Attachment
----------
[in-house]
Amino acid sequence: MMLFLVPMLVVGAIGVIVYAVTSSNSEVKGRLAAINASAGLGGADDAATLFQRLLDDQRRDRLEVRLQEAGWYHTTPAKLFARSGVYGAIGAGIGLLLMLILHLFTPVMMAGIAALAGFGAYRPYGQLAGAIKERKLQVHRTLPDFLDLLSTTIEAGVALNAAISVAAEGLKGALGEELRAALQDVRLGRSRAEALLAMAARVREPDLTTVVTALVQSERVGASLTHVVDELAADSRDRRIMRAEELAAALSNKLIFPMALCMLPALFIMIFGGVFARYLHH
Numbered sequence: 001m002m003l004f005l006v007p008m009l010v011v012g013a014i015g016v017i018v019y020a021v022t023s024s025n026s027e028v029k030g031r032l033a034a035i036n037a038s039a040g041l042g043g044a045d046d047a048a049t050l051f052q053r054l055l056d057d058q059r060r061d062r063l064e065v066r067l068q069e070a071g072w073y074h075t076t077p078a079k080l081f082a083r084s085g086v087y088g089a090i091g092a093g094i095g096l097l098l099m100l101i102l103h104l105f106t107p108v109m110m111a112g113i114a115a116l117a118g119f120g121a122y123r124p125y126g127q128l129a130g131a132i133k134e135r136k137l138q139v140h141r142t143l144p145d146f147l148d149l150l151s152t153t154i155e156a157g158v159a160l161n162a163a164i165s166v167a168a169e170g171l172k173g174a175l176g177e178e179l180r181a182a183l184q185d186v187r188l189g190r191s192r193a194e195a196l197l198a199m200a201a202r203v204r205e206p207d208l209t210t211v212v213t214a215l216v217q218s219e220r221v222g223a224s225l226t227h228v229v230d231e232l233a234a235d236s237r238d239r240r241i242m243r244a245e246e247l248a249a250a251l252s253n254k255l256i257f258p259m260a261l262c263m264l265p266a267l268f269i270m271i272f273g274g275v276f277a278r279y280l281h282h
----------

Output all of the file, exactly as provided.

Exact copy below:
[in-house]
Amino acid sequence: MMLFLVPMLVVGAIGVIVYAVTSSNSEVKGRLAAINASAGLGGADDAATLFQRLLDDQRRDRLEVRLQEAGWYHTTPAKLFARSGVYGAIGAGIGLLLMLILHLFTPVMMAGIAALAGFGAYRPYGQLAGAIKERKLQVHRTLPDFLDLLSTTIEAGVALNAAISVAAEGLKGALGEELRAALQDVRLGRSRAEALLAMAARVREPDLTTVVTALVQSERVGASLTHVVDELAADSRDRRIMRAEELAAALSNKLIFPMALCMLPALFIMIFGGVFARYLHH
Numbered sequence: 001m002m003l004f005l006v007p008m009l010v011v012g013a014i015g016v017i018v019y020a021v022t023s024s025n026s027e028v029k030g031r032l033a034a035i036n037a038s039a040g041l042g043g044a045d046d047a048a049t050l051f052q053r054l055l056d057d058q059r060r061d062r063l064e065v066r067l068q069e070a071g072w073y074h075t076t077p078a079k080l081f082a083r084s085g086v087y088g089a090i091g092a093g094i095g096l097l098l099m100l101i102l103h104l105f106t107p108v109m110m111a112g113i114a115a116l117a118g119f120g121a122y123r124p125y126g127q128l129a130g131a132i133k134e135r136k137l138q139v140h141r142t143l144p145d146f147l148d149l150l151s152t153t154i155e156a157g158v159a160l161n162a163a164i165s166v167a168a169e170g171l172k173g174a175l176g177e178e179l180r181a182a183l184q185d186v187r188l189g190r191s192r193a194e195a196l197l198a199m200a201a202r203v204r205e206p207d208l209t210t211v212v213t214a215l216v217q218s219e220r221v222g223a224s225l226t227h228v229v230d231e232l233a234a235d236s237r238d239r240r241i242m243r244a245e246e247l248a249a250a251l252s253n254k255l256i257f258p259m260a261l262c263m264l265p266a267l268f269i270m271i272f273g274g275v276f277a278r279y280l281h282h